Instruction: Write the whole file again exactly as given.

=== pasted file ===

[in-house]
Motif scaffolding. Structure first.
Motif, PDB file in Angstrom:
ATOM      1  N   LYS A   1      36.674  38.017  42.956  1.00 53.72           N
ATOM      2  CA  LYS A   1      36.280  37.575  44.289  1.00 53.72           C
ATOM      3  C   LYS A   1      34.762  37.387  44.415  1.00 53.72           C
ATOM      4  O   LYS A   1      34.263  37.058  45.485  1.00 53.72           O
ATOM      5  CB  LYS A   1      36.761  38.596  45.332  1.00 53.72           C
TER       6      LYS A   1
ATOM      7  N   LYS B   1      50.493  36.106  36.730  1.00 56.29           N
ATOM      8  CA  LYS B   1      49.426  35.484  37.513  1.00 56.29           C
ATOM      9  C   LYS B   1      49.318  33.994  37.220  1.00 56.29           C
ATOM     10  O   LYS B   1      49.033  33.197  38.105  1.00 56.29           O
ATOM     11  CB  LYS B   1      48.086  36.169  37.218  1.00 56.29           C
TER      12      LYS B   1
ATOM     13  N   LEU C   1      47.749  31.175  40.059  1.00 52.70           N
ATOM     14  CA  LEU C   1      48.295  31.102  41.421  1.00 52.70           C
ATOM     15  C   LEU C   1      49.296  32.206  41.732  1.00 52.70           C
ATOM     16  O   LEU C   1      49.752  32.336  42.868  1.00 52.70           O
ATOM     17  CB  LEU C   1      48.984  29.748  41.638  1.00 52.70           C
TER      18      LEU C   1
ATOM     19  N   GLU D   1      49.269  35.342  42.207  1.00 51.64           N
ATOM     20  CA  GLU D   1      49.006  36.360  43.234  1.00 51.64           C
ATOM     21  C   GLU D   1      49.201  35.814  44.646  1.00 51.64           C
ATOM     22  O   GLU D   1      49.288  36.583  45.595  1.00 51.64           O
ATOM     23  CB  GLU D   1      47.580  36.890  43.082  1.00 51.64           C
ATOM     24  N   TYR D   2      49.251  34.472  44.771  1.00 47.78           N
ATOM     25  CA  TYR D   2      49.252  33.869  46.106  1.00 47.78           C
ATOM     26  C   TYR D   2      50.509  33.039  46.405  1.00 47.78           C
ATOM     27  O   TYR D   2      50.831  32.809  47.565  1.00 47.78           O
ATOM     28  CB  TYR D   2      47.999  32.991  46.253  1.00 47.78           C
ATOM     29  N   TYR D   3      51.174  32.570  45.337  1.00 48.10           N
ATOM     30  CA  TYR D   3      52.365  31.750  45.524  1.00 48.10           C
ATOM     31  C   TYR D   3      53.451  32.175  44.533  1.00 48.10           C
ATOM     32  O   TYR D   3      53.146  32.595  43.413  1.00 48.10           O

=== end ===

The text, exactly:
[in-house]
Motif scaffolding. Structure first.
Motif, PDB file in Angstrom:
ATOM      1  N   LYS A   1      36.674  38.017  42.956  1.00 53.72           N
ATOM      2  CA  LYS A   1      36.280  37.575  44.289  1.00 53.72           C
ATOM      3  C   LYS A   1      34.762  37.387  44.415  1.00 53.72           C
ATOM      4  O   LYS A   1      34.263  37.058  45.485  1.00 53.72           O
ATOM      5  CB  LYS A   1      36.761  38.596  45.332  1.00 53.72           C
TER       6      LYS A   1
ATOM      7  N   LYS B   1      50.493  36.106  36.730  1.00 56.29           N
ATOM      8  CA  LYS B   1      49.426  35.484  37.513  1.00 56.29           C
ATOM      9  C   LYS B   1      49.318  33.994  37.220  1.00 56.29           C
ATOM     10  O   LYS B   1      49.033  33.197  38.105  1.00 56.29           O
ATOM     11  CB  LYS B   1      48.086  36.169  37.218  1.00 56.29           C
TER      12      LYS B   1
ATOM     13  N   LEU C   1      47.749  31.175  40.059  1.00 52.70           N
ATOM     14  CA  LEU C   1      48.295  31.102  41.421  1.00 52.70           C
ATOM     15  C   LEU C   1      49.296  32.206  41.732  1.00 52.70           C
ATOM     16  O   LEU C   1      49.752  32.336  42.868  1.00 52.70           O
ATOM     17  CB  LEU C   1      48.984  29.748  41.638  1.00 52.70           C
TER      18      LEU C   1
ATOM     19  N   GLU D   1      49.269  35.342  42.207  1.00 51.64           N
ATOM     20  CA  GLU D   1      49.006  36.360  43.234  1.00 51.64           C
ATOM     21  C   GLU D   1      49.201  35.814  44.646  1.00 51.64           C
ATOM     22  O   GLU D   1      49.288  36.583  45.595  1.00 51.64           O
ATOM     23  CB  GLU D   1      47.580  36.890  43.082  1.00 51.64           C
ATOM     24  N   TYR D   2      49.251  34.472  44.771  1.00 47.78           N
ATOM     25  CA  TYR D   2      49.252  33.869  46.106  1.00 47.78           C
ATOM     26  C   TYR D   2      50.509  33.039  46.405  1.00 47.78           C
ATOM     27  O   TYR D   2      50.831  32.809  47.565  1.00 47.78           O
ATOM     28  CB  TYR D   2      47.999  32.991  46.253  1.00 47.78           C
ATOM     29  N   TYR D   3      51.174  32.570  45.337  1.00 48.10           N
ATOM     30  CA  TYR D   3      52.365  31.750  45.524  1.00 48.10           C
ATOM     31  C   TYR D   3      53.451  32.175  44.533  1.00 48.10           C
ATOM     32  O   TYR D   3      53.146  32.595  43.413  1.00 48.10           O